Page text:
Twitter is now one among many social networks, but, with some exceptions, it has remained a useful tool for professionals. It certainly offers great benefits to translators.

First of all, it allows us to obtain information quickly.  Its short messages provide the information required, with no surplus, in some cases with the option of clicking on a link to expand the information. In this way, we can update data immediately.  We can find in fewer than 140 characters whether the Spanish RAE has accepted a new word, for example.

It is important to know how to use this tool well. If you understand it as a way to wish a happy day to our friends every morning, you will spend a good time reading their best wishes over and over, and, from the point of view of production, wasting valuable time. There are other networks that meet these social needs. It is important to follow professionals or institutions that provide interesting data on a regular basis, such as:

Scheherezade Surià (@Scheherezade_SL)

A literary and audiovisual translator, perhaps one of the translators that best deals with social media. We have read and listened to her in the press and on the radio, and never miss the updates in her blog, En la luna de Babel; and we love her timeline, which is full of information, humour, and irony.

Xosé Castro (@XoseCastro). Like Scheherezade, his voice may sound familiar to you, since he works on the National Radio programme No es un día cualquiera and on Deslenguados programme on the La 2 TV channel.  He has done so many things that it would be hard to find a summary, but basically he is the Spanish-speaking translator with the most followers.

Leon Hunter (@LeonHunterSL)

With more than 13,000 followers, he’s one of the most popular and most active translators. He also gives plenty of visibility to other colleagues’ contents.

Pablo Muñoz Sánchez (@pmstrad)

An expert in software, app, and video game localisation – and he also multitasks! In addition to his Twitter account, you can also follow his blog, Mucho más que traducir, and his Traduversia project (a platform of online courses for translators), which he has created with the next tweeting translator.

Rafael López Sánchez (@raflosa)

The other half of Traduversia is a translator who specialises in technology, audiovisual translation, localisation, and layout. Of course, he also has his own blog, Jugando a traducir, in which he provides tips, tools, and training.

Olga Jeno (@OlgaJeNo)

Starting to follow Olga on Twitter is a good way to discover her contents so as to, as she says in her blog, 20.000 lenguages, “better understand the world of languages”.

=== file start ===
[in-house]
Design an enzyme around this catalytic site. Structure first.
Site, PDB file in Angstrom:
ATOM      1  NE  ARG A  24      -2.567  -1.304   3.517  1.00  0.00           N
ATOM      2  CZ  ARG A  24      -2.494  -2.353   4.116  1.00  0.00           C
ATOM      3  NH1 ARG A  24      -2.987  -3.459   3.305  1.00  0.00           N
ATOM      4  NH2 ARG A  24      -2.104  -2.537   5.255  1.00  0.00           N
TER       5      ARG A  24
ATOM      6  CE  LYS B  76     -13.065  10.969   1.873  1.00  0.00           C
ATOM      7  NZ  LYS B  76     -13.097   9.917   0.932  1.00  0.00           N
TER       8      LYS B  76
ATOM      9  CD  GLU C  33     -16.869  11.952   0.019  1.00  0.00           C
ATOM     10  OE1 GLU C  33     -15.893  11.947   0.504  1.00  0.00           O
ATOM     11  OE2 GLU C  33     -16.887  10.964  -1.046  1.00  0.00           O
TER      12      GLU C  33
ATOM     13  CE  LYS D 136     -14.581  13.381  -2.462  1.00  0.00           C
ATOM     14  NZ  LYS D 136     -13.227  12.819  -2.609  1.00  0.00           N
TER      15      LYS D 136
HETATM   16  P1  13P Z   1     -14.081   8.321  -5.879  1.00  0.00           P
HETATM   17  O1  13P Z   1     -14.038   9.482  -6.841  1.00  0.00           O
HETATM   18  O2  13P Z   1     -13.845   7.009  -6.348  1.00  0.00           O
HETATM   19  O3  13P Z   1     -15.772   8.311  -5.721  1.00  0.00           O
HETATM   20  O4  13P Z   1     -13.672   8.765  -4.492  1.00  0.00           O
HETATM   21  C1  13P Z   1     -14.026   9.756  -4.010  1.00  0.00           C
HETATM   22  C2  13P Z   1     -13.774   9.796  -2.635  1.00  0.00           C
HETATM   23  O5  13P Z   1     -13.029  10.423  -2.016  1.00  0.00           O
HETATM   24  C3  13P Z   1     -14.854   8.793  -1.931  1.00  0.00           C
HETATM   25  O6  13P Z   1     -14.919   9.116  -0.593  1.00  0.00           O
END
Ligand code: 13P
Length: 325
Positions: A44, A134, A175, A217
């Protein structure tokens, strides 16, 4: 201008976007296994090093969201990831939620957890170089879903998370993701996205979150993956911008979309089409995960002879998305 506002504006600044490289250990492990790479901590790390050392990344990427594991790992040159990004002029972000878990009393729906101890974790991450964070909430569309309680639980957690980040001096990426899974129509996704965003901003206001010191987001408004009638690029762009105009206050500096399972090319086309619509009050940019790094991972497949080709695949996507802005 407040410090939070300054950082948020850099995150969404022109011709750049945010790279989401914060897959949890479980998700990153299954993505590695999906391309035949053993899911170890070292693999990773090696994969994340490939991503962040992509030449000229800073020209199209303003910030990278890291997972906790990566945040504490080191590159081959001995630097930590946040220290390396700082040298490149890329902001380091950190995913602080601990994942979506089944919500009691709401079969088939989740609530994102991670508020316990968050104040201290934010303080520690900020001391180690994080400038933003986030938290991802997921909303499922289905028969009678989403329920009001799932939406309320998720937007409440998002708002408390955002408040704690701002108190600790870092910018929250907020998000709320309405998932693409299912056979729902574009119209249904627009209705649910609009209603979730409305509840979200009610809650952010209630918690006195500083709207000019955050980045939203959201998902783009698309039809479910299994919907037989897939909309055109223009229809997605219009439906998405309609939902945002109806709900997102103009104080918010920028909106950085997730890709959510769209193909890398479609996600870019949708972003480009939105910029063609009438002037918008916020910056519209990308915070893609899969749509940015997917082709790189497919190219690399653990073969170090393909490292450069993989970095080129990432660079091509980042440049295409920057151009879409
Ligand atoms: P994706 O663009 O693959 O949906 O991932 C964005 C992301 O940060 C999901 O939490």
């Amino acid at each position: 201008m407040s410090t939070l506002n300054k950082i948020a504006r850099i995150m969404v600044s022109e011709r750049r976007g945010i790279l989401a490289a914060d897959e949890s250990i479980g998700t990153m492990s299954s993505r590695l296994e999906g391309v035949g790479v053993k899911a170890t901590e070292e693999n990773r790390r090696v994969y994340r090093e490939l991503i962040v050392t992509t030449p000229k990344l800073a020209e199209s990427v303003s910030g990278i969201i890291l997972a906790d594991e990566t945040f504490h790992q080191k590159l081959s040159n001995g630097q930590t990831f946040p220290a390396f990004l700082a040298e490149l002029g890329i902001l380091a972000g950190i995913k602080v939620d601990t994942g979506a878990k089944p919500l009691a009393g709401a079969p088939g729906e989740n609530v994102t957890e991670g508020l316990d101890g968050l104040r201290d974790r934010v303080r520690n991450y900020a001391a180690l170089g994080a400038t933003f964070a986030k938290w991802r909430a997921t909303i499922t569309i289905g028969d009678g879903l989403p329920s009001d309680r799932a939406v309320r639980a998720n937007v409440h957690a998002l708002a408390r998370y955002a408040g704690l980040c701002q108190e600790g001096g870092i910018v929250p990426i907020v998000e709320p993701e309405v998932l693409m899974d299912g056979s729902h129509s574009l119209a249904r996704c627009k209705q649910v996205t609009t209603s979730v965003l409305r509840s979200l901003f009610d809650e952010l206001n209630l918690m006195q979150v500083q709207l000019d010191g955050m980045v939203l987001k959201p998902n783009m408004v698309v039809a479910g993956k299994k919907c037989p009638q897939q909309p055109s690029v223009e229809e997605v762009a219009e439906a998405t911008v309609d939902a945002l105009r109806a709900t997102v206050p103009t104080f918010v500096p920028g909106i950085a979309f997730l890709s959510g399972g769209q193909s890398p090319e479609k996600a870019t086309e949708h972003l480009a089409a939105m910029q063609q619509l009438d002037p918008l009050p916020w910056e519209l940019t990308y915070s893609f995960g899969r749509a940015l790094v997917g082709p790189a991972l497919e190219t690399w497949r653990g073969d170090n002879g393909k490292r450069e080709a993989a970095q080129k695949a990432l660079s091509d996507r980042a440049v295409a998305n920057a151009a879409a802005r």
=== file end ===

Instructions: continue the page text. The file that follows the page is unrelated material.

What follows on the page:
Ildefonso Muñoz (@IldefonsoMA)

An excellent reference if you are a translation student. A large part of the posts in his blog, La Granja de San Traductor, are written from the student’s point of view: he gives tips for those who want to study translation or apply for an Erasmus grant, talks about study techniques, and much more. You will also find this in his Twitter profile.

Merche García Lledó (@traducirco)

Another great Twitter account for translators. We love reading her blog, Traducir&Co, which she often updates with very interesting posts.

Carlos la Orden (@insideloc). If you are more interested in localisation, you must look on Twitter for this metalhead based in Italy. He shares lots of IT tricks that will improve your productivity and discuss cultural factors that you probably haven’t considered.

Gabriel Cabrera (@tuitsdegabriel).  We cannot finish this entry without recommending at least one account dedicated to interpreting, so here it is. Gabriel Cabrera is a certified translator-interpreter and author of the book Mamá, quiero ser intérprete (Mum, I want to be an interpreter).

In addition to all these greats, we recommend following translation agencies such as @okodia or other language-related organisations such as @termcat.

Through the tweets sent by these professionals, translation agencies, and institutions, you can learn about courses and conferences that might be of interest and even, in some cases, that you can follow on Twitter if you can’t attend them. Finally, you can also share your contributions to obtain followers, in order to enrich your professional activity and exchange useful information. The key lies in selecting well whom to follow, and, on an individual level, in making interesting contributions on a regular basis.

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